Fact: A spouse may lie or hide assets whether they are in mediation or appear before a Court. Often documents are exchanged directly during mediation, or accounts are made available to show current balances. The on-the-spot method is typically disallowed in Court but works well in the mediation setting. Sometimes the parties agree to disclose missing assets by a specific date and then return to mediation.
Myth: I think I need an expert.
Fact: There are many ways to resolve issues, including the use of experts. Parties can agree on an expert in the mediation process, await the report, and then return to mediation. Frequently, more than one method to value property is available which does not require the use of an expert. This office is happy to provide those alternatives to the parties. Many times, the parties can agree on the value of a property or business, without the additional cost of experts. Also, Ms. Kreis has substantial experience in dealing with children’s issues, such as decision-making, parenting time and child support. Given her years of experience, she can also offer insight into how the court is likely to rule.
Experts, if needed, can be agreed upon in mediation. Often agreements are reached regarding counseling for the parties and children as well. It is in the best interest of the parties and children to get the matter resolved which allows everyone to move on with their lives. Drug, alcohol and mental health issues are routinely addressed in mediation, often without a Child and Family Investigator, or PRE, or use of other experts or further delays in the settlement process. Of course, if you already have a report, the mediator will review it and can provide feedback to assist the parties in reaching an agreement.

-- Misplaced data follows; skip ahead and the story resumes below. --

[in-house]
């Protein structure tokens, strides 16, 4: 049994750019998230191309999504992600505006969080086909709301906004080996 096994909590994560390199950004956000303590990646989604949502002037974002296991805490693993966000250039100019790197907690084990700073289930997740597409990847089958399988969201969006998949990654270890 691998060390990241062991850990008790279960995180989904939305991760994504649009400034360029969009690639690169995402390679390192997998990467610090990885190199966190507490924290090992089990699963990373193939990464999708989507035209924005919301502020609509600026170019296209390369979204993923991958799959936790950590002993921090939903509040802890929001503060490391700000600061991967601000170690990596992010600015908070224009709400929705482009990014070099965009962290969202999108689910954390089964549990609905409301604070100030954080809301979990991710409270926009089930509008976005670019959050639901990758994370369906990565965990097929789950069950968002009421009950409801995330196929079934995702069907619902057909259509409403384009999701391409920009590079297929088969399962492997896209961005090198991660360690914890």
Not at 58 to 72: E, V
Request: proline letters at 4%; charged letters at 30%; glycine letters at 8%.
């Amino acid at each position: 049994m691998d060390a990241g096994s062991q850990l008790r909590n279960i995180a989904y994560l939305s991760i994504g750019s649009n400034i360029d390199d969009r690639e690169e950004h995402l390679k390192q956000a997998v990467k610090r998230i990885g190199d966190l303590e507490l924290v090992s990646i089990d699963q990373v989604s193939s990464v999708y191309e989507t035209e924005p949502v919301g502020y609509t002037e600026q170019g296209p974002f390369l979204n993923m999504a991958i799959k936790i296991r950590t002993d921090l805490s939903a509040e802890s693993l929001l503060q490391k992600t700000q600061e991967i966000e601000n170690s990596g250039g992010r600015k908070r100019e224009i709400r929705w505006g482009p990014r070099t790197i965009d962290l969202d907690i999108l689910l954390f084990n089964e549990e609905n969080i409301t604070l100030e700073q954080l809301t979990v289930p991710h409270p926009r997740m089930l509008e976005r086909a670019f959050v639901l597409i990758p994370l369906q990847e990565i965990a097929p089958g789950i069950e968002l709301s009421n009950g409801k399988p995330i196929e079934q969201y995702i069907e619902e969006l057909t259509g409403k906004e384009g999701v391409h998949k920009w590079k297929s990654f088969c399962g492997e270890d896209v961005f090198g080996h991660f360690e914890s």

Myth: The Judge will know better then us on what is best for our children.
Fact: Parents know their children and their children’s needs better than anyone else. Unless you feel like a stranger is your best option for resolution of your dispute, mediating the issues, which allows you some control and flexibility, is often the best method. The judge has a finite amount of time to hear your case, and render a decision. They may not be parents or have no family law experience.
Also, keep in mind that you know the entire history of your situation. The court will only hear a boiled-down summary of the extremes, and typically never meets your kids. With this limited information, the court will then attempt to come up with a parenting plan to fit your needs and is in the best interest of the children. In mediation, the parties can spend more time examining how different parenting plans will affect your kids and your life, and can also ensure that the children have the best possible schedule to meet their needs.
If you have special-need children, whether ADHA/ADA, Autistic, GT kids, or children with physical or mental disabilities, Liz can help you fashion a plan that works. Liz has assisted many families with special-needs children and has a GT child herself. She is aware of the issues of raising special needs children and how divorce affects them. Often Liz can evaluate the case and can suggest options that resolve the dispute.